The Pope’s Exorcist Review

The Pope's Exorcist
The year is 1987. The religion is Catholicism. Father Gabriele Amorth (Russell Crowe) is gainfully employed as the Vatican’s chief exorcist. When a child in Spain is apparently possessed by a demon, Amorth must team up with a younger priest (Daniel Zovatto) to renounce Satan and all his works.

by Catherine Bray |
Published on
Release Date:

14 Apr 2023

Original Title:

The Pope’s Exorcist

Imagine a buddy cop movie in which a grizzled maverick detective, whose quippy exterior masks a past trauma involving a shoot-out gone wrong, is paired with a rookie cop on a new case turning out to involve corruption going to the very heart of the establishment. Oh, and he’s also in trouble with those pencil pushers up at city hall who have no time for his unorthodox methods. Got it? Okay, now imagine it’s not cops, it’s priests. In nomine Patris, et Filii, et Spiritus Sancti, you are now watching a buddy priest movie.

Russell Crowe has a lot of fun playing the eponymous exorcist, and director Julius Avery’s movie essentially stands or falls by how on board you are with this central performance, which requires Crowe to speak in either Italian or Italian-accented English throughout, and recalls that bit in The Simpsons where Homer fantasises about living the life of an organised crime boss (“Molto bene!”). Attention, Universal Studios: next time you decide to reboot Super Mario Bros., don’t call Chris Pratt, get Big Russ and his little scooter on board.

This papal pulp fiction is too daft to experience with anything other than amused incredulity.

The rest of the cast are of variable quality (shout out to the porcine performer whose presence enables Crowe to below “possess the pig!”), but there’s no denying Ralph Ineson (The Green Knight) as the voice of Asmodeus the demon, and there’s definitely a certain logic to casting Franco Nero (star of dozens of gialli and poliziotteschi films) as the Pope. Still, it’s essentially the Crowe show, and engagement tends to sag when he’s not around, nor are the majority of the narrative beats surprising if you’ve seen at least one exorcism film before. There’s perhaps one image that doesn’t feel cribbed from the canon, and in the interests of avoiding spoilers, we’ll simply say “nude blood explosion” and leave it at that. At least the filmmakers have had the decency to assemble a nice little 1980s playlist for the soundtrack with an appropriate faith-flavoured feel to it (choice cuts include The Cult’s ‘She Sells Sanctuary,’ ‘Gone Daddy Gone’ by Violent Femmes and ‘We Care A Lot’ by – who else? – Faith No More).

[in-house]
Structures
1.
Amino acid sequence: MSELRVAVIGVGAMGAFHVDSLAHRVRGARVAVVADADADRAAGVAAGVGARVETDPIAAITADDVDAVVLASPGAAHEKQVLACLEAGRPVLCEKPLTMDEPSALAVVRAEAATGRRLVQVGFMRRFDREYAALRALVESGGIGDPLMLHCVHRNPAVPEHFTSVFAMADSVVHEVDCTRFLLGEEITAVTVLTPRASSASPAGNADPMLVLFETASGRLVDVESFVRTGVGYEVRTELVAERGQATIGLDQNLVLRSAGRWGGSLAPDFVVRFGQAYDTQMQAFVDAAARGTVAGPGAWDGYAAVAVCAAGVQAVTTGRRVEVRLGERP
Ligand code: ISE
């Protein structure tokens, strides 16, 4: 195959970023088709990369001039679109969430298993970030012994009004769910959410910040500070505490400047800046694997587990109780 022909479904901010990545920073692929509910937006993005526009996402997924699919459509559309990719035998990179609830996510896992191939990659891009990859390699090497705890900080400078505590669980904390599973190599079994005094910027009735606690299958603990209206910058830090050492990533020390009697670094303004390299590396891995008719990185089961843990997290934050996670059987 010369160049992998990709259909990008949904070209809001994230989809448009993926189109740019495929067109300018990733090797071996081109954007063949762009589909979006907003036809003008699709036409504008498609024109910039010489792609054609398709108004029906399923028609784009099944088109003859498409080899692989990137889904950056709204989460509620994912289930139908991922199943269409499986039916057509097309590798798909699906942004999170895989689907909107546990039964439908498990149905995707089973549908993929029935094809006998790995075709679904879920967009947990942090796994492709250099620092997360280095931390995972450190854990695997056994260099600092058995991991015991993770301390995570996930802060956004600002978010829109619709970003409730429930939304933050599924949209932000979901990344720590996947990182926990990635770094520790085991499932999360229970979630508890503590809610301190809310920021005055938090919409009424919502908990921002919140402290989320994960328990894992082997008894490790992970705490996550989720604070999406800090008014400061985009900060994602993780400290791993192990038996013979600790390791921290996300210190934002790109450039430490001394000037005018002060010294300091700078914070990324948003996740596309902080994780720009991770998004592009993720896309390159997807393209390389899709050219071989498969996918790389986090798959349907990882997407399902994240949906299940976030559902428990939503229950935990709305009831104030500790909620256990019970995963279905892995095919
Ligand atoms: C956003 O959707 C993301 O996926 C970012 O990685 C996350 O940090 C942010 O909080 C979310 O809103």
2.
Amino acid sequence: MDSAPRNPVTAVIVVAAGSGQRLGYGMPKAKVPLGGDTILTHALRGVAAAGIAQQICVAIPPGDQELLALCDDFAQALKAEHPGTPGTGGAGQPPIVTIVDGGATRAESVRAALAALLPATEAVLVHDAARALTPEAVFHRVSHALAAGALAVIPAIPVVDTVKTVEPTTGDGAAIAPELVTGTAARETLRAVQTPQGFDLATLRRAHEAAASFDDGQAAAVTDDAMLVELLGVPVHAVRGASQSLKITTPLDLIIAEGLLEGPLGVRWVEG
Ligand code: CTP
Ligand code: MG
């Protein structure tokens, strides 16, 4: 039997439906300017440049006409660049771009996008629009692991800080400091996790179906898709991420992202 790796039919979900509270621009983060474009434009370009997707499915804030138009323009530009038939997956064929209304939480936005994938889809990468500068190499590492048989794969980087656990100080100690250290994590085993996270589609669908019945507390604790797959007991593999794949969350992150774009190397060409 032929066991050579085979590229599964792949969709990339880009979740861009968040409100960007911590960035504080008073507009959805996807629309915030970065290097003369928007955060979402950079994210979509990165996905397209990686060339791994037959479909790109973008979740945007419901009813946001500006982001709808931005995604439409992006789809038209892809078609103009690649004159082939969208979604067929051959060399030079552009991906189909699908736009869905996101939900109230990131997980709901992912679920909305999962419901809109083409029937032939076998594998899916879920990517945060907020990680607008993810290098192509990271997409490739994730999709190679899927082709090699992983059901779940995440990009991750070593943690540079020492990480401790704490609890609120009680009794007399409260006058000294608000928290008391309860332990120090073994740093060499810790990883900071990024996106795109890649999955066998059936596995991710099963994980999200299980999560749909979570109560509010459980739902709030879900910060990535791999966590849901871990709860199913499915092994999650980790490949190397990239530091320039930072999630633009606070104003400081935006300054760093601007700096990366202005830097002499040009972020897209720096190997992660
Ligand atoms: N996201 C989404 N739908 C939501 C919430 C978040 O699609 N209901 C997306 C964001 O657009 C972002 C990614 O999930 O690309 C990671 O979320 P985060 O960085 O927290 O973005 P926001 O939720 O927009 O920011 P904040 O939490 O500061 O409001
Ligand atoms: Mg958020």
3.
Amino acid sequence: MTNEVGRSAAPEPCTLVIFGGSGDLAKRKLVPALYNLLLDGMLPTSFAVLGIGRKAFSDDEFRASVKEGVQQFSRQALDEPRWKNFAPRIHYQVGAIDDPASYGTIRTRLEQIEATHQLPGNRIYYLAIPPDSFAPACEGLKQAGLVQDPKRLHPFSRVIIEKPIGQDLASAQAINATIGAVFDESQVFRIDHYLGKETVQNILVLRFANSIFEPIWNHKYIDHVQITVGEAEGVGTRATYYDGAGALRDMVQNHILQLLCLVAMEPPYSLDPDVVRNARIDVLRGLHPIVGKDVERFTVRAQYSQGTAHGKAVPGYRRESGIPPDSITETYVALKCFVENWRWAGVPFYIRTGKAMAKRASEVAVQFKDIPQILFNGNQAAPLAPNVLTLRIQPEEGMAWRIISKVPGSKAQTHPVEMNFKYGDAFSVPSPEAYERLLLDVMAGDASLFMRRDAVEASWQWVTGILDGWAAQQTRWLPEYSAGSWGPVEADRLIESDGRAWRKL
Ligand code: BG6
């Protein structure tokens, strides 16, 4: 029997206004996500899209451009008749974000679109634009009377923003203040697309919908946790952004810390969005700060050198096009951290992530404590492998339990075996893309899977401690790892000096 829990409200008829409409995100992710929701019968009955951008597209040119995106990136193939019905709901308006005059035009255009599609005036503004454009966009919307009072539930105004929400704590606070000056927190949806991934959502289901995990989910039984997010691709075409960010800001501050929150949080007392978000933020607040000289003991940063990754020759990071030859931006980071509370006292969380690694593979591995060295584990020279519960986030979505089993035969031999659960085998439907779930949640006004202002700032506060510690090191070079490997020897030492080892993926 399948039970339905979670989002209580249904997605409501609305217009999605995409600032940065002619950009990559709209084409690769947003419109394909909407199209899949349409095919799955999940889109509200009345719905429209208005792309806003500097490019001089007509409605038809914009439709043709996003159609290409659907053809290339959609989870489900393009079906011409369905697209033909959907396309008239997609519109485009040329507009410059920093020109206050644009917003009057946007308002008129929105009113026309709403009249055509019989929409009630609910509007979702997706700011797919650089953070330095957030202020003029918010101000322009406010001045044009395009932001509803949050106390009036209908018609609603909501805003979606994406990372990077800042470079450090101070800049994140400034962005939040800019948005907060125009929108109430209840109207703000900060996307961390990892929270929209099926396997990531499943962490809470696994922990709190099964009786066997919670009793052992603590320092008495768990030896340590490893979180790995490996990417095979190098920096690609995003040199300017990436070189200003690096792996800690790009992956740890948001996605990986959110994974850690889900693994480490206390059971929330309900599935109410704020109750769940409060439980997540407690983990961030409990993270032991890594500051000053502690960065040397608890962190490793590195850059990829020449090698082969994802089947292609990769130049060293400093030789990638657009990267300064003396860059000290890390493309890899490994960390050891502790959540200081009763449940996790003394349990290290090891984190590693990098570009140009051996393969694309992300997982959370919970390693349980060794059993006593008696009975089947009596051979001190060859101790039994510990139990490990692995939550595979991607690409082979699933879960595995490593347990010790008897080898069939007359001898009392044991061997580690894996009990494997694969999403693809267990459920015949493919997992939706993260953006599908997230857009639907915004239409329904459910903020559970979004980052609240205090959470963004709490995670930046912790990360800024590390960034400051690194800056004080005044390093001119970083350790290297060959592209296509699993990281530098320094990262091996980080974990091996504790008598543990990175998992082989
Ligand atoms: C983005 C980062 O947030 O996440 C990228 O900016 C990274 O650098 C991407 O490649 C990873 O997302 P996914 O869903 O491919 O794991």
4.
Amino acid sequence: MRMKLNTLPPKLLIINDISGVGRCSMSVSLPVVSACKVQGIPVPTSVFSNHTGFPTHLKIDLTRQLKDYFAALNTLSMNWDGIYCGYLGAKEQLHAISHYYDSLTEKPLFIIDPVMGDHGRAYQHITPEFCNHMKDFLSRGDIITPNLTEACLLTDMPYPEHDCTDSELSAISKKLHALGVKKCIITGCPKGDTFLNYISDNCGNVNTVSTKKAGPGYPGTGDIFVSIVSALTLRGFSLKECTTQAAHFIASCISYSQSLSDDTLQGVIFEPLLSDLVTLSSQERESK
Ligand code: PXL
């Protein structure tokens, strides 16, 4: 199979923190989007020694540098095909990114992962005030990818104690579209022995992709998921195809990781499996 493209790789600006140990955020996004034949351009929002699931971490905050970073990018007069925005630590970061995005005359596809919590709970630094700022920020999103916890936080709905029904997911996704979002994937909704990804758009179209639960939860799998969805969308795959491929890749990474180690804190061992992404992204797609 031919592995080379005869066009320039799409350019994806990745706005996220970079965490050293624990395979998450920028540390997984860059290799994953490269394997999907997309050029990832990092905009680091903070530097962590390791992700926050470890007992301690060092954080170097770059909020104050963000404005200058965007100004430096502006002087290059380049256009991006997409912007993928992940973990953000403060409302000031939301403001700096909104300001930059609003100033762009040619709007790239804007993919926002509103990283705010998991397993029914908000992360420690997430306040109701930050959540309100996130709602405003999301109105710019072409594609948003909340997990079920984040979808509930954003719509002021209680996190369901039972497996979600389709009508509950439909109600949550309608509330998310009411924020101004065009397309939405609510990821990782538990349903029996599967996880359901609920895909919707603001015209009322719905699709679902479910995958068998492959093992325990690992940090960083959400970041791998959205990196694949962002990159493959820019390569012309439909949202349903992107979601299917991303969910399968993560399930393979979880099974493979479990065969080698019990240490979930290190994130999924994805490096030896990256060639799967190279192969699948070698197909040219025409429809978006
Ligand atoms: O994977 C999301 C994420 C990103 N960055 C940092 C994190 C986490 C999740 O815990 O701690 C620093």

It could be argued that the film functions as an endorsement of the questionable career of the real life Father Gabriele Amorth, a man who denounced yoga as Satanic and claimed to have performed over 70,000 exorcisms during his career, mostly on women, who he believed were more vulnerable than men because “the Devil wants to use them to get at men like Eve did to Adam”. If the film wasn’t so hugely ridiculous, the script’s repeated positive references to Amorth’s autobiographical works might leave a sour taste. But ironically for a film that’s sorta, kinda about belief, this papal pulp fiction is too daft to experience with anything other than amused incredulity.

It’s not just the demonic possession victims whose eyes will be rolling back in their skulls – none of this should work, really, and yet the film just about gets away with it, proving the Lord truly does move in mysterious ways.
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